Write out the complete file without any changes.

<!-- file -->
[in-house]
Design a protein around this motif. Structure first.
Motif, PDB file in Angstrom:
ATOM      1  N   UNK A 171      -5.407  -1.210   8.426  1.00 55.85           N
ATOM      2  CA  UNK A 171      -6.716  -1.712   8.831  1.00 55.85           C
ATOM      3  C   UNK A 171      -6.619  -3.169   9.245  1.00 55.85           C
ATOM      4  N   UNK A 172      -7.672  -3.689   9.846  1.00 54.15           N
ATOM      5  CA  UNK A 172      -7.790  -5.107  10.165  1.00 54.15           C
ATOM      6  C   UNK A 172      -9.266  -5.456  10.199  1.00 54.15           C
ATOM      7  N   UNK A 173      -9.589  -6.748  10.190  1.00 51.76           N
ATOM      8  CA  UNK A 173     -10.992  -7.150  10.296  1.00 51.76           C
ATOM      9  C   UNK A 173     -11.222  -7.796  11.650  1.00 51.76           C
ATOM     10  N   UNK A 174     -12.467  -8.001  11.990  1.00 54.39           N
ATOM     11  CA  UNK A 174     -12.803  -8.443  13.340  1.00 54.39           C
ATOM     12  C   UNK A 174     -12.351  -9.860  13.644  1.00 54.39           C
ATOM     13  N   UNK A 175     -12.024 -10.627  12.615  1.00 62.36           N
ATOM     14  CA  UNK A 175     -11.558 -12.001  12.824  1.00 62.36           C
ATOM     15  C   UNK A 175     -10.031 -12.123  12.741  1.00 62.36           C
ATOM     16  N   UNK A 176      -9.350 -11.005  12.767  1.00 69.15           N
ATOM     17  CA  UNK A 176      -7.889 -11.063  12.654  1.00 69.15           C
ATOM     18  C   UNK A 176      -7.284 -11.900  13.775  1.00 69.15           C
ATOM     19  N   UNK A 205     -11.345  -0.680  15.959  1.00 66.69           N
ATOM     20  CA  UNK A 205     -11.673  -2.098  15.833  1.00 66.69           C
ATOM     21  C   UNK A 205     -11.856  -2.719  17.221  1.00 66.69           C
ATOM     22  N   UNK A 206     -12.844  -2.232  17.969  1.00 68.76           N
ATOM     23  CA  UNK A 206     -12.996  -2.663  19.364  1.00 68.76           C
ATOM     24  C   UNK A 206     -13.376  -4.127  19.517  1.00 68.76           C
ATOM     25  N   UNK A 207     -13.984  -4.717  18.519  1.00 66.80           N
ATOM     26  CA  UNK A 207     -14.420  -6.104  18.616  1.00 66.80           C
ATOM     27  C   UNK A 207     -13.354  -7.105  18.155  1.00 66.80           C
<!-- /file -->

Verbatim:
[in-house]
Design a protein around this motif. Structure first.
Motif, PDB file in Angstrom:
ATOM      1  N   UNK A 171      -5.407  -1.210   8.426  1.00 55.85           N
ATOM      2  CA  UNK A 171      -6.716  -1.712   8.831  1.00 55.85           C
ATOM      3  C   UNK A 171      -6.619  -3.169   9.245  1.00 55.85           C
ATOM      4  N   UNK A 172      -7.672  -3.689   9.846  1.00 54.15           N
ATOM      5  CA  UNK A 172      -7.790  -5.107  10.165  1.00 54.15           C
ATOM      6  C   UNK A 172      -9.266  -5.456  10.199  1.00 54.15           C
ATOM      7  N   UNK A 173      -9.589  -6.748  10.190  1.00 51.76           N
ATOM      8  CA  UNK A 173     -10.992  -7.150  10.296  1.00 51.76           C
ATOM      9  C   UNK A 173     -11.222  -7.796  11.650  1.00 51.76           C
ATOM     10  N   UNK A 174     -12.467  -8.001  11.990  1.00 54.39           N
ATOM     11  CA  UNK A 174     -12.803  -8.443  13.340  1.00 54.39           C
ATOM     12  C   UNK A 174     -12.351  -9.860  13.644  1.00 54.39           C
ATOM     13  N   UNK A 175     -12.024 -10.627  12.615  1.00 62.36           N
ATOM     14  CA  UNK A 175     -11.558 -12.001  12.824  1.00 62.36           C
ATOM     15  C   UNK A 175     -10.031 -12.123  12.741  1.00 62.36           C
ATOM     16  N   UNK A 176      -9.350 -11.005  12.767  1.00 69.15           N
ATOM     17  CA  UNK A 176      -7.889 -11.063  12.654  1.00 69.15           C
ATOM     18  C   UNK A 176      -7.284 -11.900  13.775  1.00 69.15           C
ATOM     19  N   UNK A 205     -11.345  -0.680  15.959  1.00 66.69           N
ATOM     20  CA  UNK A 205     -11.673  -2.098  15.833  1.00 66.69           C
ATOM     21  C   UNK A 205     -11.856  -2.719  17.221  1.00 66.69           C
ATOM     22  N   UNK A 206     -12.844  -2.232  17.969  1.00 68.76           N
ATOM     23  CA  UNK A 206     -12.996  -2.663  19.364  1.00 68.76           C
ATOM     24  C   UNK A 206     -13.376  -4.127  19.517  1.00 68.76           C
ATOM     25  N   UNK A 207     -13.984  -4.717  18.519  1.00 66.80           N
ATOM     26  CA  UNK A 207     -14.420  -6.104  18.616  1.00 66.80           C
ATOM     27  C   UNK A 207     -13.354  -7.105  18.155  1.00 66.80           C